Starring Ed Helms, Christina Applegate, Skyler Gisondo, Steele Stebbins, Leslie Mann, Chris Hemsworth, Beverly D'Angelo, Ron Livingston, and Chevy Chase
Directed by Jonathan M. Goldstein and John Francis Daley
***This film is currently available on HBO Now***
Teenage Rusty Griswold is now all grown up (and played by Ed Helms) living with a family of his own in the Midwest. Rather than head to their typical cabin in Michigan for a summer vacation, Rusty decides to shake things up by taking his wife Debbie (Christina Applegate) and two kids James and Kevin (Skyler Gisondo and Steele Stebbins) to the California amusement park staple Wally World -- the very destination coveted by Rusty's father Clark (Chevy Chase) in the 1983 original. Along the way, chaos ensues -- multiple times -- as seems fitting for the Griswold clan.
I understand that many of the comedy sequences in Vacation overstay their welcome, but a lot of the jokes within those extended moments land successfully. The success is due in part to the Griswold family quartet at the center of the action. Helms, Applegate, Gisondo, and Stebbins all succeed at capturing the Griswold humor and heart that made the original so successful. They hit the jokes they need to hit with gusto and provide a nice center for the action going on around them.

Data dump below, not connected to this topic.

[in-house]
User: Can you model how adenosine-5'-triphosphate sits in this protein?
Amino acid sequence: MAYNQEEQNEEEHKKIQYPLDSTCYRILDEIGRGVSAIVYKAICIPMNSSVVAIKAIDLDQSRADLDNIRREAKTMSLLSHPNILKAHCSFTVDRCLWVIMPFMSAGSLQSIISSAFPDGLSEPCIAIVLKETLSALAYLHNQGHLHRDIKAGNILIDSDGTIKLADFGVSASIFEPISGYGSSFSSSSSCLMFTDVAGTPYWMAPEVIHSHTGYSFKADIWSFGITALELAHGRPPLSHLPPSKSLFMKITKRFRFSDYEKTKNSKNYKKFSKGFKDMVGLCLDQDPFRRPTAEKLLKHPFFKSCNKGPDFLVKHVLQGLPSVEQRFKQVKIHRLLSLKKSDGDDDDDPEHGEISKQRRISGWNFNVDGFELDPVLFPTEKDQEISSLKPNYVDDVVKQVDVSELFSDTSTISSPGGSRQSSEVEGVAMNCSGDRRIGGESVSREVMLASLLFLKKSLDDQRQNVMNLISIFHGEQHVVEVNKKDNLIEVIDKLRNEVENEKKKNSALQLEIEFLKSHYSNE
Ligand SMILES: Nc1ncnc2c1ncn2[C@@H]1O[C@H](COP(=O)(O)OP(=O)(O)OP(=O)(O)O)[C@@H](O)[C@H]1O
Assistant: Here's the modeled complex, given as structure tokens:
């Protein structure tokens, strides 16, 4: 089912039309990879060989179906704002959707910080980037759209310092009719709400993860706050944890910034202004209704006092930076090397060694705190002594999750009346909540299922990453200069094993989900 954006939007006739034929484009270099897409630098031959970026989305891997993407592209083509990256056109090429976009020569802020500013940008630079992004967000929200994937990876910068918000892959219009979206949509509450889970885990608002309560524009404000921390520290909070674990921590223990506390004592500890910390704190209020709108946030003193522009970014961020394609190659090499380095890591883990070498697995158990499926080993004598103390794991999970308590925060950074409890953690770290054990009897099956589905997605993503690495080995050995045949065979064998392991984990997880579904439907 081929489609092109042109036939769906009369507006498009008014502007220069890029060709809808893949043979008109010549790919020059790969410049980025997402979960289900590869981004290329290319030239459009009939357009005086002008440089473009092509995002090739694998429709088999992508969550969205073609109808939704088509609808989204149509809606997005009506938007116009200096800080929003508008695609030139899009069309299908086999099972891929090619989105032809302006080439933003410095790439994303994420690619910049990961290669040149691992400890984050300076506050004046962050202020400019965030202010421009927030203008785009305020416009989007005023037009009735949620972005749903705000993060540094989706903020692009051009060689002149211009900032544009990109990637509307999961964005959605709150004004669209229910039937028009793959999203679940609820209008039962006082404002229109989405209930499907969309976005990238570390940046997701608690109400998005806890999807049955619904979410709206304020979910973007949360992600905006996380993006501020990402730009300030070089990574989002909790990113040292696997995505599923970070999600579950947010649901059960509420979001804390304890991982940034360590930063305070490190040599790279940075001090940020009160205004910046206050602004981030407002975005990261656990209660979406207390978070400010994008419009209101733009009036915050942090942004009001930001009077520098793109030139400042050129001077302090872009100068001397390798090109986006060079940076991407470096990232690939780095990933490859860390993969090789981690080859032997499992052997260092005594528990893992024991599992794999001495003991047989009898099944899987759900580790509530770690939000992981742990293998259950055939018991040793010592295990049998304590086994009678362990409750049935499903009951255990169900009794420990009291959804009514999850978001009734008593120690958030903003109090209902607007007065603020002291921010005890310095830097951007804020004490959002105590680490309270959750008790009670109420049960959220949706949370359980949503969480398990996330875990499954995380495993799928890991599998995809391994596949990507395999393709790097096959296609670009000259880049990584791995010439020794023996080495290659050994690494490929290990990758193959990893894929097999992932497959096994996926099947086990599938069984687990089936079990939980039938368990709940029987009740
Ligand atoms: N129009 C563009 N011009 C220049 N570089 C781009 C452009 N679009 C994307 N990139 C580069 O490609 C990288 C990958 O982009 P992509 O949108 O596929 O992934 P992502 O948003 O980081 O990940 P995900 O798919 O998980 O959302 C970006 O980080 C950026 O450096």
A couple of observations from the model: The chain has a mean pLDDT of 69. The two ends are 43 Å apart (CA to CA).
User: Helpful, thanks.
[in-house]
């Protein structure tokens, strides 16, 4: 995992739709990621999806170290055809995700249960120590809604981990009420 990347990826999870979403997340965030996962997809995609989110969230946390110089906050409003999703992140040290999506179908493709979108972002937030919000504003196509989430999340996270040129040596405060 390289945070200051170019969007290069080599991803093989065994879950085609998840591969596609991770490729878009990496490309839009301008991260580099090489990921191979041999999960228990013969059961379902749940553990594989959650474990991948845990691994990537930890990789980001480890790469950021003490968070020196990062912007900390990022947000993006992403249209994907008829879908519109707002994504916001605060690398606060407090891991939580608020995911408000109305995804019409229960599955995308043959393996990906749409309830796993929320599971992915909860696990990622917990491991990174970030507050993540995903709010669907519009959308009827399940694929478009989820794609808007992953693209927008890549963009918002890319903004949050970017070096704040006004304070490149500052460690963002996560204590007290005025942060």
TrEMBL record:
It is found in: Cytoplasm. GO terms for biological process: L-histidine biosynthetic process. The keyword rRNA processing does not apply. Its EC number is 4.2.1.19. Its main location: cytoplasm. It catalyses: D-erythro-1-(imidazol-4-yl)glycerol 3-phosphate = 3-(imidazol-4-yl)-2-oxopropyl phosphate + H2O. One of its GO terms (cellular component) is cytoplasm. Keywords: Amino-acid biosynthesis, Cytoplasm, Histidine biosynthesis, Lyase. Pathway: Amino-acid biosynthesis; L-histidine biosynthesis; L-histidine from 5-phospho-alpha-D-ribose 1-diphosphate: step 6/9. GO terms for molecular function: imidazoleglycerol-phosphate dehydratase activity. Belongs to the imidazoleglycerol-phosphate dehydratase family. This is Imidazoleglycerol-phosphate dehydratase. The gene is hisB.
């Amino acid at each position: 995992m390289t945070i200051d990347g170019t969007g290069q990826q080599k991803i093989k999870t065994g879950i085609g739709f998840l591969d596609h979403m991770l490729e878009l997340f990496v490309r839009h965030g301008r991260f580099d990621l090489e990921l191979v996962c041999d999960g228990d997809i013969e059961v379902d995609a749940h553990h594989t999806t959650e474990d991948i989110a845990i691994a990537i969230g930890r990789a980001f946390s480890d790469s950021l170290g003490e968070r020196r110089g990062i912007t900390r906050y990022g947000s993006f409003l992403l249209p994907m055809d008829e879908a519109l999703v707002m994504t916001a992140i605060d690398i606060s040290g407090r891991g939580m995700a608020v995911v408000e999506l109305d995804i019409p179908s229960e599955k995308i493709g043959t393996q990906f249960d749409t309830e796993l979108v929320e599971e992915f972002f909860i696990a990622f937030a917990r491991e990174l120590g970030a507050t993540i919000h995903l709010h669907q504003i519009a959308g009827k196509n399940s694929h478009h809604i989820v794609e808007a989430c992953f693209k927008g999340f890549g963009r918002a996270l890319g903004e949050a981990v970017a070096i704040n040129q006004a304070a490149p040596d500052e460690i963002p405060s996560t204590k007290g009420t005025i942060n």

While writer-director duo Jonathan M. Goldstein and John Francis Daley don't quite capture the same heart that Chevy Chase and Beverly D'Angelo (who also make cameo appearances here) achieve in the first film, they at least provide Helms and Applegate a solid base. I realize that my enjoyment of this isn't shared by the majority of critics, but even through its faults, Vacation proves to be decent, funny, and well acted.
The RyMickey Rating: B-